The Eighties were generally good to the Dingwalls. Our days were filled with Eurythmics, Garbage Pail Kids sticker collections, meals made entirely in the deep-fat fryer, beanbags, ‘Going Live’ on a Saturday morning and chasing the neighbour’s kid around the park with some dog shit on the end of a stick (or ‘shitty-stick’ to give it its official title – a rewarding game that I still sometimes play with Billy in Seaton Park if I’m feeling particularly nostalgic). This constant flow of contentment was only ever broken by three things:
1. My mum revealing her latest home-made, pink, satin Roman curtain/blind abomination.
2. Tupperware parties.
3. The writing out of Christmas cards.
Today I will be focussing on the latter. My mum really hated writing out Christmas cards. I remember she had one of those plastic keyboard address books where you press the letter you need and it opens unnecessarily violently to the relevant page. She would just sit and angrily press the keys until she got the addresses she needed, a task made harder by the fact that she filed people like Mr & Mrs Baxter under ‘F’ because Mr Baxter was a farmer. As my sister and I got older, she would try to enlist our help as ‘Envelope Writers’ – enticing us with such rewards as corned-beef hash or a glass of Raspberry Cremola Foam. Despite the E-number heavy incentive, I didn’t like being the Envelope Writer and as I headed toward adulthood this developed into a full-blown aversion to greeting cards in general.
Nowadays, when the thought crosses my mind to maybe write out some Christmas cards, I am instantly put off by the sheer scale of the project:
- I don’t have anyone’s address, so the first task would be to email/text everyone I know and try to obtain their address.
- I don’t have an address book to put these addresses into, so before I start contacting people I should really go into town and buy an address book from WH Smith.
- I don’t want a boring black leather address book. I want an address book that says “Look at me! I’m fun! But not irresponsible”. I also wouldn’t mind one that has all the international time zones, a world map and some first aid pointers. WH Smith simply does not have an address book that caters to all my needs.
- I need to go and buy some cards now. I don’t really like any of the ones I’m seeing. Do I go for the scenic snow-covered churchyard ones, the ones with a picture of Santa doing a shit down someone’s chimney or the ice-skating penguin ones? This is hard.
- I need to buy some stamps. How much are you for stamps nowadays? Turns out I would have to re-mortgage my flat to buy enough stamps to cover the amount of Christmas cards I would like to send. I’m going to have to cut people out.
- Who do I cut out? The people I don’t really like? But then they will know I don’t really like them. People who aren’t related to me? But I like people who aren’t related to me. Well, I can’t send one to Person A and not Person B because they are neighbours and they might start talking about Christmas cards and realise that I deliberately cut out Person B. Oh God…….what the hell am I going to do?
- I know what I’m going to do, I’m not going to send any Christmas cards.
And that is what I do. There have been a couple of times at family parties when Billy’s aunt has – in my favourite form of humour: Drunken sarcasm – said “Oh, thanks for my Christmas card Jillian, I sent you one but it’s okay, I’m not offended that you didn’t send me one back”. She is BILLY’S aunt, not my aunt. Why is it my responsibility to send her a Christmas card? If she wants one then she needs to get all up in Billy’s face with her threatening greeting card hostility. People are sometimes shocked that I don’t even send them to my immediate family but they know the script, they know. If I sent a Christmas card to my sister she would instantly pick up the phone and say, “Um, why the fuck have you sent me a Christmas card? Do you have terminal cancer? Don’t tell me I’m going to have to buy an address book, put your address in it and buy a Christmas card and a stamp. You better have terminal cancer”.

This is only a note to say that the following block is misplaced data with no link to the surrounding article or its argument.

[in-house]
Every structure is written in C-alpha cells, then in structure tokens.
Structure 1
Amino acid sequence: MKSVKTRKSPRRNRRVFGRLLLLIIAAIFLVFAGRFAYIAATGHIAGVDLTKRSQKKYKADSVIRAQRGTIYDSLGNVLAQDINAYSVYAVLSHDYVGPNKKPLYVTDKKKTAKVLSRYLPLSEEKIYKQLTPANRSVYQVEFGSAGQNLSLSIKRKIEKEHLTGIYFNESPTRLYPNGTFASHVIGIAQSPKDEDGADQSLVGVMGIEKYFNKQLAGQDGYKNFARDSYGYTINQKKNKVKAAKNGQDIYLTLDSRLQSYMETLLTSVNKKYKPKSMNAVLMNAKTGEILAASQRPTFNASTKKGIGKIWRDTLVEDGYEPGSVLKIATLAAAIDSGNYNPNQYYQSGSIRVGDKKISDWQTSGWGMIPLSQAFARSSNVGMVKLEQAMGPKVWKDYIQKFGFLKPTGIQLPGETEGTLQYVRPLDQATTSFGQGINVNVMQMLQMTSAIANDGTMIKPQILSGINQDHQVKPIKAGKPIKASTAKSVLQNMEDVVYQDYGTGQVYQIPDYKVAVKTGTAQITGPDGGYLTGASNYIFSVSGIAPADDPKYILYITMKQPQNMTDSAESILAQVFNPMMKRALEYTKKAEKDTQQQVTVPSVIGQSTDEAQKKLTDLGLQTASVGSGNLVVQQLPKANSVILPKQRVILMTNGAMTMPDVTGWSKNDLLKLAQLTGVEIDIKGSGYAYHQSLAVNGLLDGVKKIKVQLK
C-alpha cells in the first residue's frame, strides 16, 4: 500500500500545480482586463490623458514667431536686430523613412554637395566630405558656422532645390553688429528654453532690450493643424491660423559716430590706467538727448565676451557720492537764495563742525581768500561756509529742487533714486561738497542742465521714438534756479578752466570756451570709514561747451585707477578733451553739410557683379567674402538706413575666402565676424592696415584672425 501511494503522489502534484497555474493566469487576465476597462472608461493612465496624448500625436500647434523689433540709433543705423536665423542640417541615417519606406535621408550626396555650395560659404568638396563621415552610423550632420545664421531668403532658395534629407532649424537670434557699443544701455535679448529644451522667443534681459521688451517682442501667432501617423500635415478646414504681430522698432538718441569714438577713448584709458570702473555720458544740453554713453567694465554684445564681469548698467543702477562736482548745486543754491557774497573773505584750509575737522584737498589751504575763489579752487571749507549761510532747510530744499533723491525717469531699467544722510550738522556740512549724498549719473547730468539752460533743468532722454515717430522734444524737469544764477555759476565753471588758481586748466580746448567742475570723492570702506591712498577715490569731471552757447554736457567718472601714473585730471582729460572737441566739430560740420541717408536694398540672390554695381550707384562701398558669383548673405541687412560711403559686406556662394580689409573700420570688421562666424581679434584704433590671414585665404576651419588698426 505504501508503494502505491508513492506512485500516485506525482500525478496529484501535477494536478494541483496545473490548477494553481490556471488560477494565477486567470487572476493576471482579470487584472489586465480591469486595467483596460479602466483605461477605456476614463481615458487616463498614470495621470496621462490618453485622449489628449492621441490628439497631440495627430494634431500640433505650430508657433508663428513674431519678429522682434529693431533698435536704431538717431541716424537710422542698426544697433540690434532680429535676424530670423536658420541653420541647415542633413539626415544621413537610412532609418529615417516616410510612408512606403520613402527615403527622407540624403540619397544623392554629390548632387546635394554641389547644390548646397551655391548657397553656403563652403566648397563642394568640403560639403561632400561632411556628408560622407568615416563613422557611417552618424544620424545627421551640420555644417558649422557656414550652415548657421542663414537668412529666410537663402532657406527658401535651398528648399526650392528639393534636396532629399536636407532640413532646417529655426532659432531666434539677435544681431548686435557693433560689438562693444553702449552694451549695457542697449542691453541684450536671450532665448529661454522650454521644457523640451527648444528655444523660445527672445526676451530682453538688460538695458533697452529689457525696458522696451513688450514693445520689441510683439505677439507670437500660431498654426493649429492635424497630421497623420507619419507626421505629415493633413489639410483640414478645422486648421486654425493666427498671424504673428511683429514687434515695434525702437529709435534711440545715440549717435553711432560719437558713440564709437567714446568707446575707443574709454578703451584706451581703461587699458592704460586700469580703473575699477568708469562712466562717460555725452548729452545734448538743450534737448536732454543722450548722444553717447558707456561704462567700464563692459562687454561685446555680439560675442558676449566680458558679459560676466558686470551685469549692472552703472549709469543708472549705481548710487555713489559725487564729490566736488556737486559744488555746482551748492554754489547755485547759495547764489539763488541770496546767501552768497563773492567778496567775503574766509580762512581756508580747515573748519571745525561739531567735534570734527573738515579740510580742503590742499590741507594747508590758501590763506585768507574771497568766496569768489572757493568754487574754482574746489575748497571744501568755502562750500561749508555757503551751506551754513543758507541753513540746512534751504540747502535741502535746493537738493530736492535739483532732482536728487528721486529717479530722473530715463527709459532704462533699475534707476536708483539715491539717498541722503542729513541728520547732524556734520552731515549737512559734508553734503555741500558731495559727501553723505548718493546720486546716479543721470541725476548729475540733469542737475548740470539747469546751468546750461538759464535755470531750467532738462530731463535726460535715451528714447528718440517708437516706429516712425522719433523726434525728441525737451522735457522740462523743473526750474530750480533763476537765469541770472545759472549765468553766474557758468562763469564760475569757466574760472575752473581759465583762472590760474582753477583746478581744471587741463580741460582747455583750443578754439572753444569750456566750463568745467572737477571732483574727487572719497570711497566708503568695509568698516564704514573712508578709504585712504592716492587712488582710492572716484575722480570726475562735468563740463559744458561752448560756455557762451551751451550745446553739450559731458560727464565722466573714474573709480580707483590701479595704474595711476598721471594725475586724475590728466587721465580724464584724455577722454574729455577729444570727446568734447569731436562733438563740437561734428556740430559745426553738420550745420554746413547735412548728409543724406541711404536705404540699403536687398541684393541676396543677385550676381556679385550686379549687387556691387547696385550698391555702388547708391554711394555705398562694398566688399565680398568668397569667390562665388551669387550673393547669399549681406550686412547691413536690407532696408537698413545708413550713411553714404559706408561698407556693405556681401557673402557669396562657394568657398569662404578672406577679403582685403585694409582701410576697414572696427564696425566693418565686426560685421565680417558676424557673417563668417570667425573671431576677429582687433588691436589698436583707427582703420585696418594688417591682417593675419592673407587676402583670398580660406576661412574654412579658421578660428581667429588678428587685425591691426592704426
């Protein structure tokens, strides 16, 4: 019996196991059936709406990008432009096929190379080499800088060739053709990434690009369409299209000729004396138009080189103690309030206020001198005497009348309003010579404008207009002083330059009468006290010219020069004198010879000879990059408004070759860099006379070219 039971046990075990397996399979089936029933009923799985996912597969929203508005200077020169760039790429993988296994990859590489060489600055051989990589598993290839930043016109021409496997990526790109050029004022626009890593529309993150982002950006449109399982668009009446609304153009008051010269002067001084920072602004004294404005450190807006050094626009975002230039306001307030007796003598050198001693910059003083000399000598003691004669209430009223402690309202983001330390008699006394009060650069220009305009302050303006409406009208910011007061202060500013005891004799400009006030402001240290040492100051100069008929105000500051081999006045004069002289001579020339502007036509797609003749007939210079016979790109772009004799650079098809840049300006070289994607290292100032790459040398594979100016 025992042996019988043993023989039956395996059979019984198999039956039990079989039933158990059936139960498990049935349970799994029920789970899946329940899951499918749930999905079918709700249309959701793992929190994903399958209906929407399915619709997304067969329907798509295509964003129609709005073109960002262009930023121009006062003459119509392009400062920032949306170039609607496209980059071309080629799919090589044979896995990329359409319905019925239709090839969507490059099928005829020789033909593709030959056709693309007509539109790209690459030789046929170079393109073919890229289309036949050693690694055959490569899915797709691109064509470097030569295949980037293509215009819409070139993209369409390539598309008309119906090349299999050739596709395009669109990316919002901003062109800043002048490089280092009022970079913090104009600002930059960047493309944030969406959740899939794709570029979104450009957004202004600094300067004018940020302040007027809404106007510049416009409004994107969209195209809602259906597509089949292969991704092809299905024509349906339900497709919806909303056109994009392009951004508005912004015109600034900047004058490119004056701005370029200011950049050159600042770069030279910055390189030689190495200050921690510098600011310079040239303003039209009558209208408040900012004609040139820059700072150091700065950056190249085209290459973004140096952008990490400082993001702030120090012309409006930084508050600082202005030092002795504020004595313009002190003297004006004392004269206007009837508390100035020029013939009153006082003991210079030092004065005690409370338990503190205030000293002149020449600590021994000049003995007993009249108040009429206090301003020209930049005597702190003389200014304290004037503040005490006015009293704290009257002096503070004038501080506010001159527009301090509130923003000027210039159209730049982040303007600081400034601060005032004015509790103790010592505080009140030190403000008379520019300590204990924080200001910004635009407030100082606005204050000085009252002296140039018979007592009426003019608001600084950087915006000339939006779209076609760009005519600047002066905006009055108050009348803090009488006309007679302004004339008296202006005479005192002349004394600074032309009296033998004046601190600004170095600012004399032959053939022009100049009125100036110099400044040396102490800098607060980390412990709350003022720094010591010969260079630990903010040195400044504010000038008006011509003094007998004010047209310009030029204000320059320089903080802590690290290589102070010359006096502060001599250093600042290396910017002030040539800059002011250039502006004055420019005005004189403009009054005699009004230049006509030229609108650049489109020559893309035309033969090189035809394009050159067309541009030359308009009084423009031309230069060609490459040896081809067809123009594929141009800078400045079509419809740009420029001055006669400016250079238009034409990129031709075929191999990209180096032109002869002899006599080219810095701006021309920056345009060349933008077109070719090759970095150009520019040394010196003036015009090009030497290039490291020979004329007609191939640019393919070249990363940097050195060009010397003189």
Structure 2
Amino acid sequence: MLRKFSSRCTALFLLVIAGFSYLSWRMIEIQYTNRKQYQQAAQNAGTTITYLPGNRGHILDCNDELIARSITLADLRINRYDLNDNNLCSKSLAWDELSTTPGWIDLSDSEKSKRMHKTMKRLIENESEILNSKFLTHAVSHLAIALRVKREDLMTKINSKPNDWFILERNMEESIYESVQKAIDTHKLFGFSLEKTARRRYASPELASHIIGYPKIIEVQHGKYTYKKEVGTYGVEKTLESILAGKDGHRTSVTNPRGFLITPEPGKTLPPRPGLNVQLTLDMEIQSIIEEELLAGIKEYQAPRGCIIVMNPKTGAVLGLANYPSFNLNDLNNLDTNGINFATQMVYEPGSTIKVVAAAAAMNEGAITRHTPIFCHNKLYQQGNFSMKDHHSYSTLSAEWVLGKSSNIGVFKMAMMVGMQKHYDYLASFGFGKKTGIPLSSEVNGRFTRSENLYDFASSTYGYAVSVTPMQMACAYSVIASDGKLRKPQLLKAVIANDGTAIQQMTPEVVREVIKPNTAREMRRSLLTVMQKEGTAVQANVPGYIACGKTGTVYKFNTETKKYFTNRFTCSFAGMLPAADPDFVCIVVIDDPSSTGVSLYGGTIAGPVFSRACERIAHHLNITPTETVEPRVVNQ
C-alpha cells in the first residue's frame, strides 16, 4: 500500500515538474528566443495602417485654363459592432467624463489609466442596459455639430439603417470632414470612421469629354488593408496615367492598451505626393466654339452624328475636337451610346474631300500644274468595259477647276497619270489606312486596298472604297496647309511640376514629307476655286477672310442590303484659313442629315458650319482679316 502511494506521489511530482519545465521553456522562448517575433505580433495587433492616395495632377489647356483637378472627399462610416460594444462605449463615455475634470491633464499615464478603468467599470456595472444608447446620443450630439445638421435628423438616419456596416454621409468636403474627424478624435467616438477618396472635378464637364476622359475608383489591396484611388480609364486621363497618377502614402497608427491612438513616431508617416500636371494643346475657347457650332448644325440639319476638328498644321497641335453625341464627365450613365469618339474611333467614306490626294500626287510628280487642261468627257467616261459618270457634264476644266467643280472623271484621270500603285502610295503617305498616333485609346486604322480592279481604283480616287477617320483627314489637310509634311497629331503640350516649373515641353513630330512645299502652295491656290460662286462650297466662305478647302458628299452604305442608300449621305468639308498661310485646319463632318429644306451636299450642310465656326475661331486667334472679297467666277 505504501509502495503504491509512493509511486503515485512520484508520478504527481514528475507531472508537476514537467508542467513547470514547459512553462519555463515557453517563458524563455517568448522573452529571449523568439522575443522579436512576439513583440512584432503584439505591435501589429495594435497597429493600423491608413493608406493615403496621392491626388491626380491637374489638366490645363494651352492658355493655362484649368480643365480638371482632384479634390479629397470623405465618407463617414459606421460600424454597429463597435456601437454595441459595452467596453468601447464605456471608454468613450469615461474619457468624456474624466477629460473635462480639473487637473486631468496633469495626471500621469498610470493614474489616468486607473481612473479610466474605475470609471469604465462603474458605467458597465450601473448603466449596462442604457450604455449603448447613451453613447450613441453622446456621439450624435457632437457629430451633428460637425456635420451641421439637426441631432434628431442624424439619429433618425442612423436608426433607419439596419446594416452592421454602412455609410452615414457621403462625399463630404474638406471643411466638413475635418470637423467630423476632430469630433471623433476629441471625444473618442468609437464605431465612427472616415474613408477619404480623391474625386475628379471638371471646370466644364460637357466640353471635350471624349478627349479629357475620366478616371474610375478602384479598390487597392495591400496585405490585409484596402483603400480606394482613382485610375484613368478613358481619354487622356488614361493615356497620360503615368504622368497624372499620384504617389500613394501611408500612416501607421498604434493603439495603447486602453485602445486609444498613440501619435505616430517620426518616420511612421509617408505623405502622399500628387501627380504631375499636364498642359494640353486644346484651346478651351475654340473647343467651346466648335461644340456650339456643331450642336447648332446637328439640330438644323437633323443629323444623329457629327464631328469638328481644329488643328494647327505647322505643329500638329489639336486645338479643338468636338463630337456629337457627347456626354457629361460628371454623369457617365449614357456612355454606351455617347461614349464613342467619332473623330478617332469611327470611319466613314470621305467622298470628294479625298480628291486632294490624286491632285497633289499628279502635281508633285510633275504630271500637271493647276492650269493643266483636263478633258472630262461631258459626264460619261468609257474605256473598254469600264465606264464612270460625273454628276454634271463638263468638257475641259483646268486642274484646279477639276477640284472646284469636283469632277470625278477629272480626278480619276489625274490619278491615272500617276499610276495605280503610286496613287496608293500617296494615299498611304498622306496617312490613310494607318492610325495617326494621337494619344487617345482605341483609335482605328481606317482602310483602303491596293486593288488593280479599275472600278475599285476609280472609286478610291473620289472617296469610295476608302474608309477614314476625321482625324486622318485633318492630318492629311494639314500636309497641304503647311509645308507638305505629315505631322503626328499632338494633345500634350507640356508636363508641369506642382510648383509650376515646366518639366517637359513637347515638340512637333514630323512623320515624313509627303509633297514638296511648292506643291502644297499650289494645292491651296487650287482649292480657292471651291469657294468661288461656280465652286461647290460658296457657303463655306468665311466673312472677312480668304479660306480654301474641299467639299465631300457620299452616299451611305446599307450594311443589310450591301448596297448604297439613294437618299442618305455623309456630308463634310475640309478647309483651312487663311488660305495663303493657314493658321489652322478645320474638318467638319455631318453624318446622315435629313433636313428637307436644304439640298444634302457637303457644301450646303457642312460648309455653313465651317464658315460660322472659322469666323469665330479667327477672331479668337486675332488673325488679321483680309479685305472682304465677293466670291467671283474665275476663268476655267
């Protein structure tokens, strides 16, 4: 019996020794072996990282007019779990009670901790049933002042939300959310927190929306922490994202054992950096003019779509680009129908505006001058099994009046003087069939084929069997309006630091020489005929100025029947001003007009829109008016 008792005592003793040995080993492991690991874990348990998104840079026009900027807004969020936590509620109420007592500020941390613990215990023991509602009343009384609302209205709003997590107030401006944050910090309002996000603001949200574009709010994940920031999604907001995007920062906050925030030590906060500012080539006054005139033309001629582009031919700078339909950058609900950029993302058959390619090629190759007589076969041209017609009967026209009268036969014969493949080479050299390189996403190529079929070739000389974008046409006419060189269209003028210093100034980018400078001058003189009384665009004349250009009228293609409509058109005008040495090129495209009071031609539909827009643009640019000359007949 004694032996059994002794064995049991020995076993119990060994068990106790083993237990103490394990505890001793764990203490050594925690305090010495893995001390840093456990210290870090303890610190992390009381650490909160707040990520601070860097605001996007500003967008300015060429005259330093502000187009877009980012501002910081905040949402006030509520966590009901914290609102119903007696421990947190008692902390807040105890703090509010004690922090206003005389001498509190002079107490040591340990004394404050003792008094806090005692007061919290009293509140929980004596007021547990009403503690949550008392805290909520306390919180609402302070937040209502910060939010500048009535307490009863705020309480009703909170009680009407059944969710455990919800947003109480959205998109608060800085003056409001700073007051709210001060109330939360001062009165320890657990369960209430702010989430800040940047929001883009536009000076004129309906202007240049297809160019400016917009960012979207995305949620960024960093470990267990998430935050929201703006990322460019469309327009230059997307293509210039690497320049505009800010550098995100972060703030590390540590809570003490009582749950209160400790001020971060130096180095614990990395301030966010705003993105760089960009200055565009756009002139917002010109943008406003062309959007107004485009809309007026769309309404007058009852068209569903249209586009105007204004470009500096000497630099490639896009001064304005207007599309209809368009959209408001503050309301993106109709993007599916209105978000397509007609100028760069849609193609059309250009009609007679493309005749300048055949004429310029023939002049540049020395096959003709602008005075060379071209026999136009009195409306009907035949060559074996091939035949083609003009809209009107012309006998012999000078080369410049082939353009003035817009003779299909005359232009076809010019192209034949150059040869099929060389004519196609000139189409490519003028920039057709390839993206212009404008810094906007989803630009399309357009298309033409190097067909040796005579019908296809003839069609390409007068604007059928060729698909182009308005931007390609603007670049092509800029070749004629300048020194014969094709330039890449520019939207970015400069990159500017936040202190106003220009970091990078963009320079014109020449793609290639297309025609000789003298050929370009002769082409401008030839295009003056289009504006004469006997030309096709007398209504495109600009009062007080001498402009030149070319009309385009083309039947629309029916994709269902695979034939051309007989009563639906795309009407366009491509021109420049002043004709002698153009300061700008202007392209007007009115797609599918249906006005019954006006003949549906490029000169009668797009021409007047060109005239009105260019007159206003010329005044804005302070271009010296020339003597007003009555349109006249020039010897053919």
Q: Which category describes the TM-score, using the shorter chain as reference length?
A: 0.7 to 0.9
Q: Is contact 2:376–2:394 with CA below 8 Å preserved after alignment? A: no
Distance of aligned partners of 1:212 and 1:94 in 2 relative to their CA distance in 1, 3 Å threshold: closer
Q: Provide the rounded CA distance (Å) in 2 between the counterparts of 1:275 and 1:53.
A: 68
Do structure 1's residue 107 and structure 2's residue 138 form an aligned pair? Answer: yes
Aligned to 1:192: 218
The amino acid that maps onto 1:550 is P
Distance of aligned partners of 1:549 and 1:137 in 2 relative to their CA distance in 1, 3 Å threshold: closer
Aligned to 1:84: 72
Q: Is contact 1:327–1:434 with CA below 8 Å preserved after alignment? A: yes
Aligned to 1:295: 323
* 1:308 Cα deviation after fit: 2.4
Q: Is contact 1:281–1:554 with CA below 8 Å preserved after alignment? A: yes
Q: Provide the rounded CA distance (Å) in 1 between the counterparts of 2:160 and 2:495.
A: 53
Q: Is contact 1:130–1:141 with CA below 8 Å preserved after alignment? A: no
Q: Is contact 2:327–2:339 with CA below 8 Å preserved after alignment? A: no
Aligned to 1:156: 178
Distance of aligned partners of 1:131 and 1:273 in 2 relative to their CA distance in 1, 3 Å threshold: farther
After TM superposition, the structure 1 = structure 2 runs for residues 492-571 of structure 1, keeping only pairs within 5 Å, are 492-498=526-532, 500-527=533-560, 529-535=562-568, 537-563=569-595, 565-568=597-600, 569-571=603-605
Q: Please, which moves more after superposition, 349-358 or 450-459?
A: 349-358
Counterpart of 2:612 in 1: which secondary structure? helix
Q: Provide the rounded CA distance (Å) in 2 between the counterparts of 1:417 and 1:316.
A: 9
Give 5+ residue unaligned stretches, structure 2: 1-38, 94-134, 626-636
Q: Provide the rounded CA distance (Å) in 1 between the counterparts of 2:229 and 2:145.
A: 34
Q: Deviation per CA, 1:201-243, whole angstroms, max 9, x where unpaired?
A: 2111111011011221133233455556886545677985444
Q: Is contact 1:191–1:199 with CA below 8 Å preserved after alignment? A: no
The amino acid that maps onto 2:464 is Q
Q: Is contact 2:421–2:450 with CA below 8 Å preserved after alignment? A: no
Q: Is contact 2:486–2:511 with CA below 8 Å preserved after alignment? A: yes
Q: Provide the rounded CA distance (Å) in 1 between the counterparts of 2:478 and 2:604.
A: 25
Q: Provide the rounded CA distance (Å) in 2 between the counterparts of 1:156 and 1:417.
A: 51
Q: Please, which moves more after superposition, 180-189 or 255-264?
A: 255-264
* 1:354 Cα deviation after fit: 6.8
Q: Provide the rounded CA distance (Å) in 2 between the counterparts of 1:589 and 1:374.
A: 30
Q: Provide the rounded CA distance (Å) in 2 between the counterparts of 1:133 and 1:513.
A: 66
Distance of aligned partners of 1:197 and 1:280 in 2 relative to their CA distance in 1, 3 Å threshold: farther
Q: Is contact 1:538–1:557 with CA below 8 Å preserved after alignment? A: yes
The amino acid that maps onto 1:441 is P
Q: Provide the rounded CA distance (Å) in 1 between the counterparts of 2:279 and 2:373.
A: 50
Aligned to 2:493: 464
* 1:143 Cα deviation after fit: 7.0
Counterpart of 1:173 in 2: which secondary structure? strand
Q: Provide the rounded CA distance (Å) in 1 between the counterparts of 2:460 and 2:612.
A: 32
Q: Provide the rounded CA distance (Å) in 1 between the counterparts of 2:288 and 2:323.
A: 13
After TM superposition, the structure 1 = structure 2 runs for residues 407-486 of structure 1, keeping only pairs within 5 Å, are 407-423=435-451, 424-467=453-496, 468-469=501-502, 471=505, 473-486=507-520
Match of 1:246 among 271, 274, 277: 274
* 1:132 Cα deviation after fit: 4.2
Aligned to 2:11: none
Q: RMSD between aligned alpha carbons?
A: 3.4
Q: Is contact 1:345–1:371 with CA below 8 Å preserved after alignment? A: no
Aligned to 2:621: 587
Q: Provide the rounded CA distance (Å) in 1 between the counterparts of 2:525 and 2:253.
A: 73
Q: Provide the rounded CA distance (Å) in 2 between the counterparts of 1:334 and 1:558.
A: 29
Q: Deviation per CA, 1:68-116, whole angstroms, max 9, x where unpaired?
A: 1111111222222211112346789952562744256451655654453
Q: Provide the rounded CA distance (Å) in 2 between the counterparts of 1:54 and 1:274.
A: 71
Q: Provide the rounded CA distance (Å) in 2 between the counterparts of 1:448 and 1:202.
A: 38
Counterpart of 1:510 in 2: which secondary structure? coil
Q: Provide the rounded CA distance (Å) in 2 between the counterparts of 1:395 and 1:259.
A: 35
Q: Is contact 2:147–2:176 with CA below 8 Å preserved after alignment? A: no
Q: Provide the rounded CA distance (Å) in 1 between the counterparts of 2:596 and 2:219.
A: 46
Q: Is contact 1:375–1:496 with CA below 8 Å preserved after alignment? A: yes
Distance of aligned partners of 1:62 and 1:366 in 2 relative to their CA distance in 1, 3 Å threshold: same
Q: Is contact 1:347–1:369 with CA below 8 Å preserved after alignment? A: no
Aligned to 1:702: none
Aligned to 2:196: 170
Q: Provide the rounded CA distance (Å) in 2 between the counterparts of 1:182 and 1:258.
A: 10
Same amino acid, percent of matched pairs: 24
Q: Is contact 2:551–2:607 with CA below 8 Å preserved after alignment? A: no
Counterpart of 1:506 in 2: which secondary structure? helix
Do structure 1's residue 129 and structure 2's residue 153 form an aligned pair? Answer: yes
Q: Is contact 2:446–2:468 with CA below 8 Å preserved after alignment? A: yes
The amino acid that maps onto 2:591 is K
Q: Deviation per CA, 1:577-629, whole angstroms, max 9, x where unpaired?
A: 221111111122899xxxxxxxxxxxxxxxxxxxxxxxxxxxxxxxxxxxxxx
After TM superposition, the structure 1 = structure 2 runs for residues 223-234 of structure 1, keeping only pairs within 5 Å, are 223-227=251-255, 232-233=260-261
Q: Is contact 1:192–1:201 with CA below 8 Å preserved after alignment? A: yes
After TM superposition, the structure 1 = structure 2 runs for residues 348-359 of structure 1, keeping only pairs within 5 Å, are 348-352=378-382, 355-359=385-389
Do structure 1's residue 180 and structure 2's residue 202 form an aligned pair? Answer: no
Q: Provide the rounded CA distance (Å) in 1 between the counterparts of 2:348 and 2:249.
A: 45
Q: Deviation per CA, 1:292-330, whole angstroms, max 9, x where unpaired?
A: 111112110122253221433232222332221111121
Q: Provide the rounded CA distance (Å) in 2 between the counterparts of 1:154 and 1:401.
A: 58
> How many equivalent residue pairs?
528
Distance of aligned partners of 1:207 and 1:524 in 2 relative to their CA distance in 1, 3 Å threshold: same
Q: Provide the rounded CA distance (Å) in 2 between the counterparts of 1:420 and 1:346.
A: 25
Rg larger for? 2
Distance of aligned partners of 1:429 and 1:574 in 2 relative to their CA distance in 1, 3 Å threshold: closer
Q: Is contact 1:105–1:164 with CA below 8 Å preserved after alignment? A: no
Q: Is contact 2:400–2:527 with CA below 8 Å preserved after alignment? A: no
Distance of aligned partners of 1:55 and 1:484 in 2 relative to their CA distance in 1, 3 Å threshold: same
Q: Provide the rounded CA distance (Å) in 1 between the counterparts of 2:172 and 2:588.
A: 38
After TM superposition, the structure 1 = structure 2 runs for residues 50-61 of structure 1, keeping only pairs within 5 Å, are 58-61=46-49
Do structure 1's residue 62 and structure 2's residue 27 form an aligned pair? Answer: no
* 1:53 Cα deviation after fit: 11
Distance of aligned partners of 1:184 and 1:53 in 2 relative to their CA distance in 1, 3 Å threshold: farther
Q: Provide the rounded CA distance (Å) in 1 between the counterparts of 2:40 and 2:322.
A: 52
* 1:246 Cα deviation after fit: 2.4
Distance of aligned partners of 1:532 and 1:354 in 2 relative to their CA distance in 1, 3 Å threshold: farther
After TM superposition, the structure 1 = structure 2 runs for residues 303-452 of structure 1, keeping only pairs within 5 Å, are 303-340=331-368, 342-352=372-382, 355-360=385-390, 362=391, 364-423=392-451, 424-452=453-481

Birthday cards are an entirely different matter, I am in favour of them – mostly because you just have to buy one at a time and you usually give it to them in person instead of posting it. Depending on my mood I can sometimes make a very big effort, like this card that I sent to my sister last year:
Or completely forget about it until the last minute and improvise with whatever I can find in the man-drawer, like this one that I gave to my friend and all-round La Lombarda hero, Michael, the other week:
The problem I have with birthday cards is therefore not that I don’t like them, it’s that I am completely incapable of remembering anyone’s birthday. I now rely entirely on facebook to inform me of my friend’s birthdays, by which time it is far too late to do anything about it. So instead I write “Happy Birthday” on their wall, something I hate doing because, let’s be honest, it is a shit effort and I’m sure the last thing someone wants on their special day is to read a list consisting of three hundred variations of the words “Happy Birthday”.
As a direct result of my inability to get my act together and participate in the thoughtful tradition of greeting card sending, I now only ever receive cards consistently from two people: Billy’s parents and another all-round hero of mine, my friend Alison. No matter how rarely I remember to return the gesture, they still never fail to send me a card every birthday and Christmas and for this I am truly grateful. It does actually feel nice to get a card through your door and I salute them for having the motivation to keep doing it despite the fact that – in true Dingwall fashion – they might never get one back.